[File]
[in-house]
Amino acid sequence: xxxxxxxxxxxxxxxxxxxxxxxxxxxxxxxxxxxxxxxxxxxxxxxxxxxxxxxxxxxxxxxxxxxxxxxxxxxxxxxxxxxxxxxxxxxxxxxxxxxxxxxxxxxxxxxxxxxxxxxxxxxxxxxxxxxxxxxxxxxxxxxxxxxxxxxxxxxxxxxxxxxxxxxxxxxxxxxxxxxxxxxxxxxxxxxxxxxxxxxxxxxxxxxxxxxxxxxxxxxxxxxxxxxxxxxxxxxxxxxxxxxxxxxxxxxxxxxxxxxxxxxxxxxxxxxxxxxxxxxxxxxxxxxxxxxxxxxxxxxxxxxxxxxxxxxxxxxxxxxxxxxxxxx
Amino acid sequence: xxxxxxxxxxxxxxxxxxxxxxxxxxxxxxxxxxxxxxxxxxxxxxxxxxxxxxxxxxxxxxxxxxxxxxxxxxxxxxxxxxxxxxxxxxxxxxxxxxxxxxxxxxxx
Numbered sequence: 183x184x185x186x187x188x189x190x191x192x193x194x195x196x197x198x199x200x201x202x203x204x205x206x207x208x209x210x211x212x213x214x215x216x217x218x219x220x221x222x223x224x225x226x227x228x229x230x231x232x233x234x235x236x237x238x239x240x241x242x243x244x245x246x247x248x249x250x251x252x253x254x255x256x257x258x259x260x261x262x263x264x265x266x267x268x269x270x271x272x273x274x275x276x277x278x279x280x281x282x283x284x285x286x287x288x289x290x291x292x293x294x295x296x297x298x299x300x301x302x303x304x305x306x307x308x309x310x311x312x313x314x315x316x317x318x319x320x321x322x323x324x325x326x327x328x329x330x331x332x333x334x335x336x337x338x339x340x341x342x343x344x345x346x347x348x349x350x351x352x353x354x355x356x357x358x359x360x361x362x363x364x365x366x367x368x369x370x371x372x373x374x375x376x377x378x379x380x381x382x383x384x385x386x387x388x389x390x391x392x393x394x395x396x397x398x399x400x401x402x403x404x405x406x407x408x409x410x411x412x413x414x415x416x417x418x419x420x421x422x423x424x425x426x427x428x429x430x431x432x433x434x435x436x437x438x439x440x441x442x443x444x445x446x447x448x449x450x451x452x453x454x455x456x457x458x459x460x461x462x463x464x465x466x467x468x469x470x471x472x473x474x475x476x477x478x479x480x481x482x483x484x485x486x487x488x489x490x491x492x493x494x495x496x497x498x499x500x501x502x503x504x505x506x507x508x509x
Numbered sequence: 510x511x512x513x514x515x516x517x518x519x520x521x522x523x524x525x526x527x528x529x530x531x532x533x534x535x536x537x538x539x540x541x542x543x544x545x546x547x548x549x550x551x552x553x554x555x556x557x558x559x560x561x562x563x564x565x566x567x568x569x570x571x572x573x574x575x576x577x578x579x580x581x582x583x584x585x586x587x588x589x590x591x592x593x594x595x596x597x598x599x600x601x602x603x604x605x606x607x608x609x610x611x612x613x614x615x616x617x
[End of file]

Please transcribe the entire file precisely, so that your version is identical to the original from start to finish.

[in-house]
Amino acid sequence: xxxxxxxxxxxxxxxxxxxxxxxxxxxxxxxxxxxxxxxxxxxxxxxxxxxxxxxxxxxxxxxxxxxxxxxxxxxxxxxxxxxxxxxxxxxxxxxxxxxxxxxxxxxxxxxxxxxxxxxxxxxxxxxxxxxxxxxxxxxxxxxxxxxxxxxxxxxxxxxxxxxxxxxxxxxxxxxxxxxxxxxxxxxxxxxxxxxxxxxxxxxxxxxxxxxxxxxxxxxxxxxxxxxxxxxxxxxxxxxxxxxxxxxxxxxxxxxxxxxxxxxxxxxxxxxxxxxxxxxxxxxxxxxxxxxxxxxxxxxxxxxxxxxxxxxxxxxxxxxxxxxxxxx
Amino acid sequence: xxxxxxxxxxxxxxxxxxxxxxxxxxxxxxxxxxxxxxxxxxxxxxxxxxxxxxxxxxxxxxxxxxxxxxxxxxxxxxxxxxxxxxxxxxxxxxxxxxxxxxxxxxxx
Numbered sequence: 183x184x185x186x187x188x189x190x191x192x193x194x195x196x197x198x199x200x201x202x203x204x205x206x207x208x209x210x211x212x213x214x215x216x217x218x219x220x221x222x223x224x225x226x227x228x229x230x231x232x233x234x235x236x237x238x239x240x241x242x243x244x245x246x247x248x249x250x251x252x253x254x255x256x257x258x259x260x261x262x263x264x265x266x267x268x269x270x271x272x273x274x275x276x277x278x279x280x281x282x283x284x285x286x287x288x289x290x291x292x293x294x295x296x297x298x299x300x301x302x303x304x305x306x307x308x309x310x311x312x313x314x315x316x317x318x319x320x321x322x323x324x325x326x327x328x329x330x331x332x333x334x335x336x337x338x339x340x341x342x343x344x345x346x347x348x349x350x351x352x353x354x355x356x357x358x359x360x361x362x363x364x365x366x367x368x369x370x371x372x373x374x375x376x377x378x379x380x381x382x383x384x385x386x387x388x389x390x391x392x393x394x395x396x397x398x399x400x401x402x403x404x405x406x407x408x409x410x411x412x413x414x415x416x417x418x419x420x421x422x423x424x425x426x427x428x429x430x431x432x433x434x435x436x437x438x439x440x441x442x443x444x445x446x447x448x449x450x451x452x453x454x455x456x457x458x459x460x461x462x463x464x465x466x467x468x469x470x471x472x473x474x475x476x477x478x479x480x481x482x483x484x485x486x487x488x489x490x491x492x493x494x495x496x497x498x499x500x501x502x503x504x505x506x507x508x509x
Numbered sequence: 510x511x512x513x514x515x516x517x518x519x520x521x522x523x524x525x526x527x528x529x530x531x532x533x534x535x536x537x538x539x540x541x542x543x544x545x546x547x548x549x550x551x552x553x554x555x556x557x558x559x560x561x562x563x564x565x566x567x568x569x570x571x572x573x574x575x576x577x578x579x580x581x582x583x584x585x586x587x588x589x590x591x592x593x594x595x596x597x598x599x600x601x602x603x604x605x606x607x608x609x610x611x612x613x614x615x616x617x